Wiegand KC, Shah SP, Al-Agha OM, Zhao Y, Tse K, Zeng T, Senz J, McConechy MK, Anglesio MS, Kalloger SE, et al. ARID1A mutations in endometriosis-associated ovarian carcinomas. N Engl J Med. 2010;363:1532–43.

    CAS  Article  Google Scholar 

  18. 18.

    Ayhan A, Mao TL, Seckin T, Wu CH, Guan B, Ogawa H, Futagami M, Mizukami H, Yokoyama Y, Kurman RJ, et al. Loss of ARID1A expression is an early molecular event in tumor progression from ovarian endometriotic cyst to clear cell and endometrioid carcinoma. Int J Gynecol Cancer. 2012;22:1310–5.

    Article  Google Scholar 

  19. 19.

    McConechy MK, Ding J, Senz J, Yang W, Melnyk N, Tone AA, Prentice LM, Wiegand KC, McAlpine JN, Shah SP, et al. Ovarian and endometrial endometrioid carcinomas have distinct CTNNB1 and PTEN mutation profiles. Mod Pathol. 2014;27:128–34.

    CAS  Article  Google Scholar 

  20. 20.

    Anglesio MS, Papadopoulos N, Ayhan A, Nazeran TM, Noe M, Horlings HM, Lum A, Jones S, Senz J, Seckin T, et al. Cancer-associated mutations in endometriosis without cancer. N Engl J Med. 2017;376:1835–48.

    Article  Google Scholar 

  21. 21.

    Roth LM, Emerson RE, Ulbright TM. Ovarian endometrioid tumors of low malignant potential: a clinicopathologic study of 30 cases with comparison to well-differentiated endometrioid adenocarcinoma. Am J Surg Pathol. 2003;27:1253–9.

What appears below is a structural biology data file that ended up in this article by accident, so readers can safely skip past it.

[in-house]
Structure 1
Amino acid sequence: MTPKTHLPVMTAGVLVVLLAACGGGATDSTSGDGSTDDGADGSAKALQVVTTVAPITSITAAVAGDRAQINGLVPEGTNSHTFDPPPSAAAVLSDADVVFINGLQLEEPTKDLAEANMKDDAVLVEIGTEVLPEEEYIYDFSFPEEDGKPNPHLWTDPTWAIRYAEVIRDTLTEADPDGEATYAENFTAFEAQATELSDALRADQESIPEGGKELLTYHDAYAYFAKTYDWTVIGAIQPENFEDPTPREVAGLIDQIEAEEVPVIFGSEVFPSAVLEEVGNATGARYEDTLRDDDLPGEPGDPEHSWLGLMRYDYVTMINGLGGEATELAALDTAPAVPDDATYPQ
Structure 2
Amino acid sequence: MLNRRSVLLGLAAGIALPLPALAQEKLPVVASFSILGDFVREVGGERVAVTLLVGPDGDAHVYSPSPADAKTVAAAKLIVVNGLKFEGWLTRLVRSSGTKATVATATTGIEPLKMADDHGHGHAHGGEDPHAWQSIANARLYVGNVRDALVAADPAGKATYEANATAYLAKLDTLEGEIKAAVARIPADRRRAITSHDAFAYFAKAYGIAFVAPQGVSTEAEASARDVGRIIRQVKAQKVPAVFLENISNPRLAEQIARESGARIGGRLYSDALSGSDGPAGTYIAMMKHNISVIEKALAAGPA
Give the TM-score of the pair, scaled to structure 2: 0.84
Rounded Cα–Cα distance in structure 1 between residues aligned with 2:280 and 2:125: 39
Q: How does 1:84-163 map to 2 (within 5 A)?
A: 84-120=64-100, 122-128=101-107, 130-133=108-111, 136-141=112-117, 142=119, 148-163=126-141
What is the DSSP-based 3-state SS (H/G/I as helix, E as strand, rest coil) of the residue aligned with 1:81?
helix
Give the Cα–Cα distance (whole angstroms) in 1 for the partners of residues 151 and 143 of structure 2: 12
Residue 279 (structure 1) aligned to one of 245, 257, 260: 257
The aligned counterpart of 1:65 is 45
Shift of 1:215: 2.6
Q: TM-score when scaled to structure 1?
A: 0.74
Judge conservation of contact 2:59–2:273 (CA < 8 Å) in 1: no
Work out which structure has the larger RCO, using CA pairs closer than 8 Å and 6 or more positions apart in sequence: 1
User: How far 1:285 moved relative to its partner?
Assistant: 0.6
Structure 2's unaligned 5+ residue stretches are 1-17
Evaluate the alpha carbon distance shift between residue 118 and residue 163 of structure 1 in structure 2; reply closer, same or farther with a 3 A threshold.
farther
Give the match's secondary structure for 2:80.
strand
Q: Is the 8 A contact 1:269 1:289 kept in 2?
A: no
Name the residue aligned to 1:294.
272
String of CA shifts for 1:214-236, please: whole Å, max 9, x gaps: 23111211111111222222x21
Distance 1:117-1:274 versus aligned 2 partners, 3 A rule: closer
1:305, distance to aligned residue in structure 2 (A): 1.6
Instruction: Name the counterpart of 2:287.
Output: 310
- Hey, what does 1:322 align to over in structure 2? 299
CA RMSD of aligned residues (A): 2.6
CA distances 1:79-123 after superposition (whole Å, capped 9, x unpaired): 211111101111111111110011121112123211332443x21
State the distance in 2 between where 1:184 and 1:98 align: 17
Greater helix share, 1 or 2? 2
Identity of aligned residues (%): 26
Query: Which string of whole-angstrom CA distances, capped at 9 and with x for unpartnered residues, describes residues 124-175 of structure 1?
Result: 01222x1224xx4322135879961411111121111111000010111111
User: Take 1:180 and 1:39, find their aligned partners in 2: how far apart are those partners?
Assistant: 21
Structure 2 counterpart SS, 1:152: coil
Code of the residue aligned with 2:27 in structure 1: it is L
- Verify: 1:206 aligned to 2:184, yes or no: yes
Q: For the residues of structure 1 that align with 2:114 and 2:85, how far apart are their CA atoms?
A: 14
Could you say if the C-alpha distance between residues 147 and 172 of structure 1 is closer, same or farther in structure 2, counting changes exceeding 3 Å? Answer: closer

Article  Google Scholar 

  22. 22.

    Bell KA, Kurman RJ. A clinicopathologic analysis of atypical proliferative (borderline) tumors and well-differentiated endometrioid adenocarcinomas of the ovary. Am J Surg Pathol. 2000;24:1465–79.

    CAS  Article  Google Scholar 

  23. 23.

    Dunselman GAJ, Vermeulen N, Becker C, Calhaz-Jorge C, D'Hooghe T, De Bie B, Heikinheimo O, Horne AW, Kiesel L, Nap A, et al. ESHRE guideline: management of women with endometriosis †. Hum Reprod. 2014;29:400–12.

    CAS  Article  Google Scholar 

Download references


We thank Professor Hideki Mizunuma for his encouragement for this study.


No external funding sources were used for this study.

Author information




YO: project development, data analysis, surgical procedures, and writing the manuscript. KO: project development, data analysis, and writing the manuscript. TT: writing and editing the manuscript. SS and RS: project development and data analysis. MT: pathological diagnosis. MS: project development and editing the manuscript. The authors read and approved the final manuscript.